National Universities Commission, NUC, has said that of all African countries, Nigeria contributes up to 50 percent of Africans in the Diaspora, as a consequence of the brain drain that constitutes one of the greatest development challenges facing the country.
This was disclosed by the Executive Secretary, NUC, Professor Julius Okojie, at a the public presentation of the book, Education and Sustainable Development in 21st Century Nigeria, authored by Professor Benedicta Egbo, a Professor of Education at the University of Windsor, Canada.
Okojie, who was represented at the event by a Director in the Commission, Professor Peter Onwualu, pointed out that Nigeria has lost most of its best brains to the brain drain syndrome, which has resulted in a significant percentage of best brains drifting to developed countries in search of greener pastures.
“Of all African countries, Nigeria contributes up to 50 percent of Africans in the Diaspora. Thus many Nigerians are found in Asia, Europe and the Americas, in strategic positions in business, healthcare, manufacturing, governance, academics, etc.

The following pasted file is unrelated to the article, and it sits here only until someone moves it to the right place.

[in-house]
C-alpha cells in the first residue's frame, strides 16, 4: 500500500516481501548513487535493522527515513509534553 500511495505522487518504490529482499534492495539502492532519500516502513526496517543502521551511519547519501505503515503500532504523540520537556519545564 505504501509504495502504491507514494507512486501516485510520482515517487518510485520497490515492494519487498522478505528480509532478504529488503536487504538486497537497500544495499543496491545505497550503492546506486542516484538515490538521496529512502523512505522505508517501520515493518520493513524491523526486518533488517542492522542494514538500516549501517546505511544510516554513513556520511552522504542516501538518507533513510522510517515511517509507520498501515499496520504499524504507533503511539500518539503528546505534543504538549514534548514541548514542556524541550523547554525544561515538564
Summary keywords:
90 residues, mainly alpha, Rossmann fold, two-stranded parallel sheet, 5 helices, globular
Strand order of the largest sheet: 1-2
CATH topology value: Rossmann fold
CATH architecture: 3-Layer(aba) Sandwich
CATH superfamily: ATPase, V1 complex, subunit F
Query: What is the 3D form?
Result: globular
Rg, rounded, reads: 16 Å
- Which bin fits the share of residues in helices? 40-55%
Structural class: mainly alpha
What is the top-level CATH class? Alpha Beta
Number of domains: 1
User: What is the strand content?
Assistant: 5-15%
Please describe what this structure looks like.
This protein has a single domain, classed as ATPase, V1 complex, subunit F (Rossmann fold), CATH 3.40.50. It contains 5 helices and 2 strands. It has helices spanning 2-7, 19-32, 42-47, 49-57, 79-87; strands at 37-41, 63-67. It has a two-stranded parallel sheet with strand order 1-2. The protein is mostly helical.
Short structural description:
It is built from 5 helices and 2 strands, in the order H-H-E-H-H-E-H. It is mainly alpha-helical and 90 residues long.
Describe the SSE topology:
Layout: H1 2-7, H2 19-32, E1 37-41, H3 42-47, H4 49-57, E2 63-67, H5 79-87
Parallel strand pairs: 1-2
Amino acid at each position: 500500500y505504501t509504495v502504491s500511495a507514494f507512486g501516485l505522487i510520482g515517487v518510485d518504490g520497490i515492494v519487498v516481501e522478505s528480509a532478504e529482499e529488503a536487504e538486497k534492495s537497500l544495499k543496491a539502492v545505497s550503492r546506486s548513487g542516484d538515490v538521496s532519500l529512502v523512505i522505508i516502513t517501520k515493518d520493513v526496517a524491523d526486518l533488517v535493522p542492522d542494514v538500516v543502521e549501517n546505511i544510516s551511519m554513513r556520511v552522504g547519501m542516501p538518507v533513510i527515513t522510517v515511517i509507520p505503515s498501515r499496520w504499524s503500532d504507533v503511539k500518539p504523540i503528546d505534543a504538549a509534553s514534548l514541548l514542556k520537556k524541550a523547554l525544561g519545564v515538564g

“The obvious negative effect of this is that the continent of Africa is denied the benefit of these brains and their contributions towards development. This has been identified as one of the reasons Africa has remained underdeveloped over the years.
He observed that the efforts of Nigeria and other countries in Africa in the drive for turning brain drain to brain gain is already yielding fruits, adding that a significant percentage of foreign direct investment, FDI, inflow into Nigeria is associated with activities of Nigerians in the Diaspora.
The NUC Scribe commended the author of the book for carefully addressing the education sector in it, arguing that if the sector is correctly fixed, all other sectors will be fixed since everyone of them depends on availability of high quality human capacity for effective performance.
“The nine chapters of the book address almost all issues of importance in the education sector namely; basic education, higher education, teachers and teaching, creativity and innovations for sustainable economic development. The suggested strategies for the way forward will go a long way towards improving the education sector in Nigeria”, he assured.

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